We're going to review this. If we hear enough comments about the question, we just might focus on that as a general question.

And Marie in Idaho: If illegal aliens remain arrogant in their sense of entitlement to rights reserved for American citizens, and the U.S. Senate remains arrogant in its absolute disregard for the intelligence and will of the American people, then neither should be surprised when the American people come up with their own comprehensive reform plan on November 7th.

George in Pennsylvania: Lou, is the real issue illegal immigration or homesteading with the intent to annex?

Send us your thoughts at We'll have more of your thoughts coming up here later.

Communist China tonight is denying it's spying on the United States. The Communist Chinese government offered that denial after we reported last night on a Taiwanese man who admitted lying and trying to buy military hardware for shipment to Communist China. A Communist government official in Beijing says "the so-called allegations that China is conducting intelligence collection on military or science and technology in the United States are purely fictitious."

The Communist Chinese government is lying. Over the past two years, customs agents have arrested dozens of operatives attempting to ship U.S. military hardware to Communist China. Most of those people have been convicted; 3,500 Communist Chinese front companies are operating in the United States with the express purpose of collecting information and intellectual property and yes, advanced U.S. technology and military hardware.

The FBI considers Communist China's efforts to obtain American military technology to be the No. 1 espionage threat against the United States. Apparently the State Department isn't listening to the FBI. Critics including this broadcast slammed the State Department for buying 16,000 computers from Lenovo, a company owned by the Chinese Communist government. Lenovo, formerly a division -- bought what was formerly a division of IBM.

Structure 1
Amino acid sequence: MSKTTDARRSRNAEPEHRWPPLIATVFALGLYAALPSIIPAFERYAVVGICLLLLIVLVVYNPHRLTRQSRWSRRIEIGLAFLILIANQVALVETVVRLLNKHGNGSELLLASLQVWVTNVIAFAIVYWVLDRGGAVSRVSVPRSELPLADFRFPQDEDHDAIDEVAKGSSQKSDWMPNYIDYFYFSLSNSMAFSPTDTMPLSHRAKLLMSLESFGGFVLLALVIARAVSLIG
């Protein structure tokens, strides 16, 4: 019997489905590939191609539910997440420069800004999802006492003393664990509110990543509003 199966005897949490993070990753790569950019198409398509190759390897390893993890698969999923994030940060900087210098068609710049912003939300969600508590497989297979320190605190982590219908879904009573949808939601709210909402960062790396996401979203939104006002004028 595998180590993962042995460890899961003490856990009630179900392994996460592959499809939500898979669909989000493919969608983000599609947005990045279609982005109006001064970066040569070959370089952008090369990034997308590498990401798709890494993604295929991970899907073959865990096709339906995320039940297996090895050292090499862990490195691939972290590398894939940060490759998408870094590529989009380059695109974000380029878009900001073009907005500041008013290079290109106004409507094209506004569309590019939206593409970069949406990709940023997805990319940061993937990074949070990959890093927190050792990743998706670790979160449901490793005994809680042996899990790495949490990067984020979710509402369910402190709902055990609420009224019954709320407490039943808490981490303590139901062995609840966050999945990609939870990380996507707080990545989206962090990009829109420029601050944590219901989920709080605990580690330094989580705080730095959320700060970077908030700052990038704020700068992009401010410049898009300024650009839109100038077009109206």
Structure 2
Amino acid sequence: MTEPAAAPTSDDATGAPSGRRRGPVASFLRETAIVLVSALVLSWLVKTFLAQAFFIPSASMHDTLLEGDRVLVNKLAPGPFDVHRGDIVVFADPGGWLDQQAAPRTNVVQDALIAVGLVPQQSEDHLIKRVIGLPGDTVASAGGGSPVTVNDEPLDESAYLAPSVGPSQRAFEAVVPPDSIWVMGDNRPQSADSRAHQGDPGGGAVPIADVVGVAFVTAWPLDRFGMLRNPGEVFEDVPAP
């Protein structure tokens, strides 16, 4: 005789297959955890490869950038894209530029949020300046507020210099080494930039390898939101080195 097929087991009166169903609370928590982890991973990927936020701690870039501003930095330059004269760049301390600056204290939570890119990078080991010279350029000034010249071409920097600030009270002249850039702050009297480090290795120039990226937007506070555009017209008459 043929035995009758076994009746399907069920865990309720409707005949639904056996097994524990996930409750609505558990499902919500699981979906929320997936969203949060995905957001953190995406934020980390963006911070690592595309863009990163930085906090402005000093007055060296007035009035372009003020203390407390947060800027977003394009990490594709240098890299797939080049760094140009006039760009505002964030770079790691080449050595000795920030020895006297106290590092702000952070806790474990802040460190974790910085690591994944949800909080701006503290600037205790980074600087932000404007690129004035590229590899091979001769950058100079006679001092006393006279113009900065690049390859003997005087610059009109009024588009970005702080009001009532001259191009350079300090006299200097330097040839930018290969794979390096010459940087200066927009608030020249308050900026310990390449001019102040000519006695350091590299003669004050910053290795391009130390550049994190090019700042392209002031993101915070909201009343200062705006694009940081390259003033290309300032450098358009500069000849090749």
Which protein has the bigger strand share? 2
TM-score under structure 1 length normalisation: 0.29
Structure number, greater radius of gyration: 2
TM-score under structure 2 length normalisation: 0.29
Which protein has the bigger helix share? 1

So the State Department is doing what the State Department does best. It's changing the language a bit. The State Department announces now it will buy those computers, but it says now classified information will not be allowed to be stored on those computers. What a State Department.

And tonight, the government of President Vicente Fox in Mexico is again blasting U.S. border security plans, such as they are. Mexico's foreign minister has announced it will file a formal complaint with the U.S. government.

The Mexican government is protesting American plans of proposals to build a fence and to deploy national guard troops on the border with Mexico, even though those troops would be at least at this point, perhaps unarmed and have the vaguest of roles in border security and a fence that would be more virtual than real. Earlier this week, Mexico's foreign minister threatened to sue in U.S. courts if National Guard troops were to detain any illegal aliens from the country of Mexico.

Immigration and customs enforcement agents have arrested five illegal aliens working in Los Angeles, nothing particularly newsworthy about that. But these illegal aliens were working for the Los Angeles department of water and power and one of them was working at a job that Americans just might want to do, Mr. President.

He was working in a management position and earning more than $100,000 a year. By the way, you might have noticed a slight change in the president's language recently on the issue of illegal aliens taking jobs that Americans won't do, as he's been saying now for months and months. But in the past 24 hours, President Bush has made a subtle shift. He's now saying illegal aliens are taking jobs that Americans aren't doing.

Still ahead here, a Republican congressman from a border state breaking with his president on immigration reform and border security. Congressman Dana Rohrabacher joins me here next and I'll talk with a former flight surgeon and a very important fellow he is. He's saving the lives of many of our soldiers overseas with his organization Operation Helmet. Dr. Bob Meaders is our guest. You may find you may want to help him with his mission. Stay with us.


DOBBS: This broadcast has reported extensively on the crisis facing our nation's hospitals from uninsured illegal alien patients. Many of these illegal aliens suffer from serious diseases, tuberculosis, for example and taxpayers increasingly being forced to pay for the treatment of those patients. And in fact, dozens of hospitals across the country being forced to close over the years because of that incredible burden on the system of our national health care system.